Lt. Governor Brown Joins Samuel Chase Elementary Fifth Graders for Breakfast During National School Breakfast Week
Brown highlights O’Malley-Brown commitment to end childhood hunger by 2015
TEMPLE HILLS, Md. (March 8, 2010) – Lt. Governor Anthony G. Brown, joined by Lawrence Fryer, Jr., Chief Operating Officer of Prince George’s Co. Public Schools, and Rosemary King Johnston, Executive Director of Governor’s Office for Children, visited students, teachers and faculty today at Samuel Chase Elementary School in Temple Hills to celebrate National School Breakfast Week and highlight efforts Maryland is taking to end childhood hunger and improve student performance. During his visit, Brown had breakfast with Mrs. Adriane Hendrix’s fifth grade students who participate in the Maryland Meals for Achievement Program and will begin Maryland School Assessment testing tomorrow.
“We have the best schools in America for the second year in a row because we know that our students deserve the very best education and learning environment that we can possibly provide, which means making significant improvements each and every year,” said Lt. Governor Brown. “Every student should start off every school day with a nutritious meal. Sadly, though, more than 200,000 Maryland children do not have reliable access to food. That is why Governor O’Malley and I have forged partnerships with our schools through programs like Maryland Meals for Achievement to end childhood hunger in Maryland by 2015.”
Today marks the commencement of National School Breakfast Week, an initiative launched in 1989 by the School Nutrition Association to raise awareness of the availability of the School Breakfast Program (SBP) to all children. The National School Breakfast Program fuels more than 10.6 million students for success. The program is both critical to maintaining the health and well-being of children who are eligible for free or reduced price meals, and it provides an alternative for children who don’t want to eat breakfast at home.
In 2008, Governor O’Malley announced a goal to end childhood hunger in Maryland by 2015 and he established a partnership with Share our Strength and the Governor’s Office for Children. These partners convened a group of organizations, agencies and stakeholders from the national, state and local levels, representing both private and public sectors, to develop and implement a strategy to end childhood hunger in Maryland, including food and nutrition initiatives like the MMFA program, in Maryland’s schools.
“The Governor, Lt. Governor and each of the dedicated partners involved in this initiative have been diligent in their collaborative efforts to ensure the Partnership achieves its mission of ending childhood hunger in Maryland by 2015,” said Executive Director Johnston. “While steady progress has been made toward achieving our goals, we recognize that there is more work to be done and more progress to be made. We are certain that the collaboration demonstrated through the Governor's Partnership to End Childhood Hunger and the continued commitment of our partners will ensure that our efforts make a difference in the daily lives of Maryland's children, youth and their families.”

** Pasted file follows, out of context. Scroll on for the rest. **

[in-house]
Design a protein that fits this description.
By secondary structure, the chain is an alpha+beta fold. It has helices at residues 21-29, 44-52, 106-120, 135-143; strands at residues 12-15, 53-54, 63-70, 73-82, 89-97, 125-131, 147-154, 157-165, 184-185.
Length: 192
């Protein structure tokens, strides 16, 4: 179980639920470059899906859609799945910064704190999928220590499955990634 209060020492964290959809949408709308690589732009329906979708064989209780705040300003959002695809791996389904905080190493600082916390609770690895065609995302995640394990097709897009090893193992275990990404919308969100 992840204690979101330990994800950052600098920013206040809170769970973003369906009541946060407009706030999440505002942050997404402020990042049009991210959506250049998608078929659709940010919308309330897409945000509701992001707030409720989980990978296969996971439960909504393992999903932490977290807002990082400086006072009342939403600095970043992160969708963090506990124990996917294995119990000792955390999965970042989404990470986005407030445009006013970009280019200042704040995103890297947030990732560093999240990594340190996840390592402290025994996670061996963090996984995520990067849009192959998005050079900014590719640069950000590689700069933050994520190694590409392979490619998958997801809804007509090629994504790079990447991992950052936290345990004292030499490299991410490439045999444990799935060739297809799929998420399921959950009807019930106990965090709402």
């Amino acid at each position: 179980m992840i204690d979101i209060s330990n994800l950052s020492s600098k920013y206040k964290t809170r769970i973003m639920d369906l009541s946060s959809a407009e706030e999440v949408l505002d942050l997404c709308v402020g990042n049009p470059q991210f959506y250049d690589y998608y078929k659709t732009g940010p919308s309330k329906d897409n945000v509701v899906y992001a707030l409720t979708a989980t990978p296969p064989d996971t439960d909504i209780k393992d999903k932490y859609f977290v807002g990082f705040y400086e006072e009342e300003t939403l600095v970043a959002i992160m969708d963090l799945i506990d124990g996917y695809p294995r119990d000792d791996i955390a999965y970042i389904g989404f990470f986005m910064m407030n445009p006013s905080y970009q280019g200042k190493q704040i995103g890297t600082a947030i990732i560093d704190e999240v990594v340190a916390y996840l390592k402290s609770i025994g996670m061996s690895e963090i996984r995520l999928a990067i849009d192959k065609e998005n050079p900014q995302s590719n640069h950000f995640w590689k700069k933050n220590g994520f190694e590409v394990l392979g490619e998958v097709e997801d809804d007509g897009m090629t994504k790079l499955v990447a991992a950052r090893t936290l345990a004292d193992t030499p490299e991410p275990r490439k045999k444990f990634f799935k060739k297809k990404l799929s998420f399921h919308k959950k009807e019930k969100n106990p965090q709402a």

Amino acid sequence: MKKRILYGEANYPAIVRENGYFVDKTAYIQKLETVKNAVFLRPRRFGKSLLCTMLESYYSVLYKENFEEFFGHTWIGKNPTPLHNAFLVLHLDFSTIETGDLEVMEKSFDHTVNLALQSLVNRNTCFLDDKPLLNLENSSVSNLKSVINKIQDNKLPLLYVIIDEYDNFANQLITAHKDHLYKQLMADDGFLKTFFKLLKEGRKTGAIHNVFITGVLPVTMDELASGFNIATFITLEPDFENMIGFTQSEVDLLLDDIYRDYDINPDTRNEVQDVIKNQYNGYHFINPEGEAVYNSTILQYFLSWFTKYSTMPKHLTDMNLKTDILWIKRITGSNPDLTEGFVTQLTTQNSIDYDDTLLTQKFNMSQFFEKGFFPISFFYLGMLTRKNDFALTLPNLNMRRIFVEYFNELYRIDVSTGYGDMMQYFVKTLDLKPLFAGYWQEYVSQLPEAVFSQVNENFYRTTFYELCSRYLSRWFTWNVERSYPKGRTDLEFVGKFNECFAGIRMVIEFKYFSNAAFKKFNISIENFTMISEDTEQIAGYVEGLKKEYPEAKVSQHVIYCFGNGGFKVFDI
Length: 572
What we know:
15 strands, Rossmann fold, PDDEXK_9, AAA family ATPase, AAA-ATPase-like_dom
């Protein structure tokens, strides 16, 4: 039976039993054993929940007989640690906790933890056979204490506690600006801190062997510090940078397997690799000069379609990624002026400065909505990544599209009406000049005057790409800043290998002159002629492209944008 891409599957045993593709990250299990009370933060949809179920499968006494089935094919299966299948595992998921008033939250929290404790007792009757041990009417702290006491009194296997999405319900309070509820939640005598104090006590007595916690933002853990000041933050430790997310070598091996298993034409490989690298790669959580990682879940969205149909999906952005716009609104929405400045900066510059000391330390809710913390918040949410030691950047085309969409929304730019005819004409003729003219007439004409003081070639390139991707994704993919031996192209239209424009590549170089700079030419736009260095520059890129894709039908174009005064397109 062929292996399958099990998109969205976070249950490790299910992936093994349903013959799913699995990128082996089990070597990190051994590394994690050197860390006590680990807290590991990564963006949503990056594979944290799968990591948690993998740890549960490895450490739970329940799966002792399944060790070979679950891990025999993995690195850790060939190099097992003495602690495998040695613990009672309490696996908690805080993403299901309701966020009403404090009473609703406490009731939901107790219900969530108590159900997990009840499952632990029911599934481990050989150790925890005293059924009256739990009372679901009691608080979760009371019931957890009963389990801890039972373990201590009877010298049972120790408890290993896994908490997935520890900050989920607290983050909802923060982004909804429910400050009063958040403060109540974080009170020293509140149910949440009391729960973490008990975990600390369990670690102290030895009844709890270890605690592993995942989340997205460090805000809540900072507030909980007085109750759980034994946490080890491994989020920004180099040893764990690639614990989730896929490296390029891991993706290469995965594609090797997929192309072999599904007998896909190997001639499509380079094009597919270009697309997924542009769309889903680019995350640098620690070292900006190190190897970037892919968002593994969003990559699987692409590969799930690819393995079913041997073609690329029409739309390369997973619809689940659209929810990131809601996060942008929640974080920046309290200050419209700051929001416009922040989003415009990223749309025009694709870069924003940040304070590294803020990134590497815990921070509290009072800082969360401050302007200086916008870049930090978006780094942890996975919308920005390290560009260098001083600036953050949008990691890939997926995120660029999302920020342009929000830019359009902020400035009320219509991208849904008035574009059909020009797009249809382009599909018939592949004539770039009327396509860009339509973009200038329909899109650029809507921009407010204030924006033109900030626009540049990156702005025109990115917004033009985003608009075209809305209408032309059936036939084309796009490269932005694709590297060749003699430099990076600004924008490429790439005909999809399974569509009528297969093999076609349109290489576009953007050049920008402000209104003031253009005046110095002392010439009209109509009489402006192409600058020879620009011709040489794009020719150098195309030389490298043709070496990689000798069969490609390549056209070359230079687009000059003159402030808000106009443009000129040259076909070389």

In 1998, Maryland launched the Maryland Meals for Achievement (MMFA) program in several elementary schools. MMFA provides students, regardless of family income, with breakfast in the classroom each morning. Under State law, any school that participates in the federal School Breakfast Program and has at least 40 percent of enrollment approved for free or reduced-price meals can apply to become an MMFA school. The current budget contains more than $2.8 million for 196 schools to participate and provides more than 56,000 meals each morning.
For the second straight year, Education Week has ranked Maryland’s public schools as the best in America. In addition, the College Board ranked Maryland’s high schools No. 1 in the nation for Advanced Placement participation and achievement for the second year in a row. Since passing the Bridge to Academic Excellence in 2002, test scores across the state are up in every county and in every grade. Samuel Chase Elementary School reports four consecutive years that students have met Adequate Yearly Progress (AYP) across all demographic categories. In 2005, only 42 percent of Samuel Chase fifth graders scored proficient or better in math and 47 percent scored proficient or better in reading. Last year, nearly 80 percent of fifth graders scored proficient or better in both math and reading.
Since taking office, the O’Malley-Brown Administration has invested record funding in public K-12 education, including a proposed $5.7 billion for FY2011. In addition, the administration has invested over $1 billion in school construction in just three years, $178 million more than the previous administration invested in four full years.